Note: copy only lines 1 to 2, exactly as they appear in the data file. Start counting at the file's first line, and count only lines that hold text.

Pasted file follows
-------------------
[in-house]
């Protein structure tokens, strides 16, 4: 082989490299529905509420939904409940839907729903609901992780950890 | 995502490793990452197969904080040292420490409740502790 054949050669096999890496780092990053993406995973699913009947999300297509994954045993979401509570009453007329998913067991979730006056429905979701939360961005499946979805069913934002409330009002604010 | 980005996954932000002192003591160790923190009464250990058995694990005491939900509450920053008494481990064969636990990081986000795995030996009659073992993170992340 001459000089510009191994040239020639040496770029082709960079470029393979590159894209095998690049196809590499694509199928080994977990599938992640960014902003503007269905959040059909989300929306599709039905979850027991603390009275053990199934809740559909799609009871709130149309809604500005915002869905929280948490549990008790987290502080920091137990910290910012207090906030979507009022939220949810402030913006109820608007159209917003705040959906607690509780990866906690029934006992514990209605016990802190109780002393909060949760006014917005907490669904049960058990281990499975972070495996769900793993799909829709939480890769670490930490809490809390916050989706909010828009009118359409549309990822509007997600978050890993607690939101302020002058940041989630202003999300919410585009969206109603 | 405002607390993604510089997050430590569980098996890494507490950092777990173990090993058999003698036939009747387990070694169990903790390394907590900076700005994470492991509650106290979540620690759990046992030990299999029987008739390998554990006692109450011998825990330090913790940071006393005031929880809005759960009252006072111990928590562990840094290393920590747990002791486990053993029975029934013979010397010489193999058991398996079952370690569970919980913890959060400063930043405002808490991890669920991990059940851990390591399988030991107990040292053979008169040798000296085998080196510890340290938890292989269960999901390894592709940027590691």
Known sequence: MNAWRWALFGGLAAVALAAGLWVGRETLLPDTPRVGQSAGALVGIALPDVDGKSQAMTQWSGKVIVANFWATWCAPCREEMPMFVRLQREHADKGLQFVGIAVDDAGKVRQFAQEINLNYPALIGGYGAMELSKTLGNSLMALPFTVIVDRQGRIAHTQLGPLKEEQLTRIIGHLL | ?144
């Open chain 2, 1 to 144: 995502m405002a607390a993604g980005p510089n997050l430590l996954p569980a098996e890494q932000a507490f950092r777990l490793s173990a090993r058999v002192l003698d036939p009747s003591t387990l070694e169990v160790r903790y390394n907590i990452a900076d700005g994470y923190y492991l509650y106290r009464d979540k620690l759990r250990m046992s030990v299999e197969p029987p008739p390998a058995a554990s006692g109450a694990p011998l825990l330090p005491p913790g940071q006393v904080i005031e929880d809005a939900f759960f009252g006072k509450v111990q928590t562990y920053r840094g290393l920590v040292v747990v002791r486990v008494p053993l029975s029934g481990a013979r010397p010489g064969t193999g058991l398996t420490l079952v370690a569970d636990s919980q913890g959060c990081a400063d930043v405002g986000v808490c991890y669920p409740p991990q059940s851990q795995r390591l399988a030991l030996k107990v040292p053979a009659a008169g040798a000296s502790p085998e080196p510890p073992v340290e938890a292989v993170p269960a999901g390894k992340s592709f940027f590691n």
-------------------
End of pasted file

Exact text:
[in-house]
């Protein structure tokens, strides 16, 4: 082989490299529905509420939904409940839907729903609901992780950890 | 995502490793990452197969904080040292420490409740502790 054949050669096999890496780092990053993406995973699913009947999300297509994954045993979401509570009453007329998913067991979730006056429905979701939360961005499946979805069913934002409330009002604010 | 980005996954932000002192003591160790923190009464250990058995694990005491939900509450920053008494481990064969636990990081986000795995030996009659073992993170992340 001459000089510009191994040239020639040496770029082709960079470029393979590159894209095998690049196809590499694509199928080994977990599938992640960014902003503007269905959040059909989300929306599709039905979850027991603390009275053990199934809740559909799609009871709130149309809604500005915002869905929280948490549990008790987290502080920091137990910290910012207090906030979507009022939220949810402030913006109820608007159209917003705040959906607690509780990866906690029934006992514990209605016990802190109780002393909060949760006014917005907490669904049960058990281990499975972070495996769900793993799909829709939480890769670490930490809490809390916050989706909010828009009118359409549309990822509007997600978050890993607690939101302020002058940041989630202003999300919410585009969206109603 | 405002607390993604510089997050430590569980098996890494507490950092777990173990090993058999003698036939009747387990070694169990903790390394907590900076700005994470492991509650106290979540620690759990046992030990299999029987008739390998554990006692109450011998825990330090913790940071006393005031929880809005759960009252006072111990928590562990840094290393920590747990002791486990053993029975029934013979010397010489193999058991398996079952370690569970919980913890959060400063930043405002808490991890669920991990059940851990390591399988030991107990040292053979008169040798000296085998080196510890340290938890292989269960999901390894592709940027590691």